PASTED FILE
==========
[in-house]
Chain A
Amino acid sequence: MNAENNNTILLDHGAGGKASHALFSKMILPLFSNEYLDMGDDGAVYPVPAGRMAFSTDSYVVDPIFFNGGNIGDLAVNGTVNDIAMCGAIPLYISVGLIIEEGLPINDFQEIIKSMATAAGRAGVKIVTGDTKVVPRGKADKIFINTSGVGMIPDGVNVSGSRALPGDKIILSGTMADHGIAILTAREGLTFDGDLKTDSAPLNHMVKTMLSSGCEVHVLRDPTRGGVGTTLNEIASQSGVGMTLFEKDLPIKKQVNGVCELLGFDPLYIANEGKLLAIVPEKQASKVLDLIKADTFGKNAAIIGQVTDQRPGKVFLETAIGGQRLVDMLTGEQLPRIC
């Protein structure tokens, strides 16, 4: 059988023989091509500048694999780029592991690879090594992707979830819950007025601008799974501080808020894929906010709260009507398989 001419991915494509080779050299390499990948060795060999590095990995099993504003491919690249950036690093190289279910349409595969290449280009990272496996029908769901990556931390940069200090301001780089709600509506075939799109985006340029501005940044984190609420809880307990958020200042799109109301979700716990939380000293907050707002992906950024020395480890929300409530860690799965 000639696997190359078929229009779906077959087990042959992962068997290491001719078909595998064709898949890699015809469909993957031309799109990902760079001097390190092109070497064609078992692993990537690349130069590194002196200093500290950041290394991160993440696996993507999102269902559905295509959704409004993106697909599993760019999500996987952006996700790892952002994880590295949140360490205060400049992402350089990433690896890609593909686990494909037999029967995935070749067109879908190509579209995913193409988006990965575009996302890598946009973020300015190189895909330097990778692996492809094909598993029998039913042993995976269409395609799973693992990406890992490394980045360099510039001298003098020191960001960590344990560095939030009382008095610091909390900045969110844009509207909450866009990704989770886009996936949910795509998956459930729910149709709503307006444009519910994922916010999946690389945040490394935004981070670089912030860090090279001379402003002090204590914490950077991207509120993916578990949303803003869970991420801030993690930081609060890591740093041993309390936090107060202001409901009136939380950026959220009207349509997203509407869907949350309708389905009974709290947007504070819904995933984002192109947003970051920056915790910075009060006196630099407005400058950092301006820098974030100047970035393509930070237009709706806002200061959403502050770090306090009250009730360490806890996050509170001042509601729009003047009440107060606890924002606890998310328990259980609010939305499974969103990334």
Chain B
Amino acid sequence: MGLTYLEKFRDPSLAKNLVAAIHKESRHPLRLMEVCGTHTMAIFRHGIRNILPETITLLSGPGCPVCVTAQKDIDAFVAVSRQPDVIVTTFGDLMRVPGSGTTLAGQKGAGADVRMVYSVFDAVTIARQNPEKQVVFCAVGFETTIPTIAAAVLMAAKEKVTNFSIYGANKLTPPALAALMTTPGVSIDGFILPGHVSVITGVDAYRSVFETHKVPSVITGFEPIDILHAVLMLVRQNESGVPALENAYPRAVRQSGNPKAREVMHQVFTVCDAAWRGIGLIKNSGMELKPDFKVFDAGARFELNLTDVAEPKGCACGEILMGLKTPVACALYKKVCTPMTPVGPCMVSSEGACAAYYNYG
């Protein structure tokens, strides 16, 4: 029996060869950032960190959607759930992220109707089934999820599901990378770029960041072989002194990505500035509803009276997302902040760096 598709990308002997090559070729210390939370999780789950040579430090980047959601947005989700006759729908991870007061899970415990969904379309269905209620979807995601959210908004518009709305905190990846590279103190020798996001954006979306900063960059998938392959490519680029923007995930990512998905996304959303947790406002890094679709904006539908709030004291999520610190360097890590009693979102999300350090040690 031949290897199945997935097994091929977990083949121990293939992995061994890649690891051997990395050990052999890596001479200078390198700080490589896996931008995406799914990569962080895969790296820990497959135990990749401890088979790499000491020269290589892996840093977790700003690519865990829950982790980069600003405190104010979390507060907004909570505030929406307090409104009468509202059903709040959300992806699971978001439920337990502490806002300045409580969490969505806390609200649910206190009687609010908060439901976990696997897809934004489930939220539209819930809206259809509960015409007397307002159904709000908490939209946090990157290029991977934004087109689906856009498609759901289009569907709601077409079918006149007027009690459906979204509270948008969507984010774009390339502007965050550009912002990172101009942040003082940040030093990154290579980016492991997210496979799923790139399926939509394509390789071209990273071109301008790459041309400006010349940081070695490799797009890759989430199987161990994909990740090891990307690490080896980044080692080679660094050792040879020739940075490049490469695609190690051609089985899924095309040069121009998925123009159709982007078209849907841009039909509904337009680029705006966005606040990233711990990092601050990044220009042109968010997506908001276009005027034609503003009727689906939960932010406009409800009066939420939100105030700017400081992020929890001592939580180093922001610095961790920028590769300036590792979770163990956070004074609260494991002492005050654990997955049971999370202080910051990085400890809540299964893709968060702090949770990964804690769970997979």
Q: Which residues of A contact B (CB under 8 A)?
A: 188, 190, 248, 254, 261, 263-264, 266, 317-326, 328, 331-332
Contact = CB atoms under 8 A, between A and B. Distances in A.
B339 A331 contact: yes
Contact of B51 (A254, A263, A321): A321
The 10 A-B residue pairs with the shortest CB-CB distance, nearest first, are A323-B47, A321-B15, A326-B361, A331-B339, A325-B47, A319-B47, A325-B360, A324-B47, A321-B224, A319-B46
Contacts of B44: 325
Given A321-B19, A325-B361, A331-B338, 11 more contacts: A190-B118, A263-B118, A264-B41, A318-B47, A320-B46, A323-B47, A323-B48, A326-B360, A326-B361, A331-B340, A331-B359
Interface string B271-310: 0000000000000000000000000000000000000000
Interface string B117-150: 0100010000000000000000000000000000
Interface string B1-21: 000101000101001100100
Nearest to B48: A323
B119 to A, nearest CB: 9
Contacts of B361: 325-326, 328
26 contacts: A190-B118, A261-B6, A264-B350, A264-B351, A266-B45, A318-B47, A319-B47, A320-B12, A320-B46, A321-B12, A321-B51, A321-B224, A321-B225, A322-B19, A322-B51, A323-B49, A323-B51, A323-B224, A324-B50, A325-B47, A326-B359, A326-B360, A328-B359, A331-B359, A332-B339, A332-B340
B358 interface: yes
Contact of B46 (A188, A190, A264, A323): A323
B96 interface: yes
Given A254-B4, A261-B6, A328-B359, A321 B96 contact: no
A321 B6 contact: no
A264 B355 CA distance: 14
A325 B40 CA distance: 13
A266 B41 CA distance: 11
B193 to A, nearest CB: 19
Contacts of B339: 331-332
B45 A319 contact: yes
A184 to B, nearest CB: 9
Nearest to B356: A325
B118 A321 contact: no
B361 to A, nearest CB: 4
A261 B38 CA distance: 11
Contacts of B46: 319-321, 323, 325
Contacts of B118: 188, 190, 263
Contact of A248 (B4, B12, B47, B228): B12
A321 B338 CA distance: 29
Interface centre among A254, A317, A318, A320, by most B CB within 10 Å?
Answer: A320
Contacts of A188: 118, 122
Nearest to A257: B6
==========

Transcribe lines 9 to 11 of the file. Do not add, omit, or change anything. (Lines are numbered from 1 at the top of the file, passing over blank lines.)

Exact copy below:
A: 188, 190, 248, 254, 261, 263-264, 266, 317-326, 328, 331-332
Contact = CB atoms under 8 A, between A and B. Distances in A.
B339 A331 contact: yes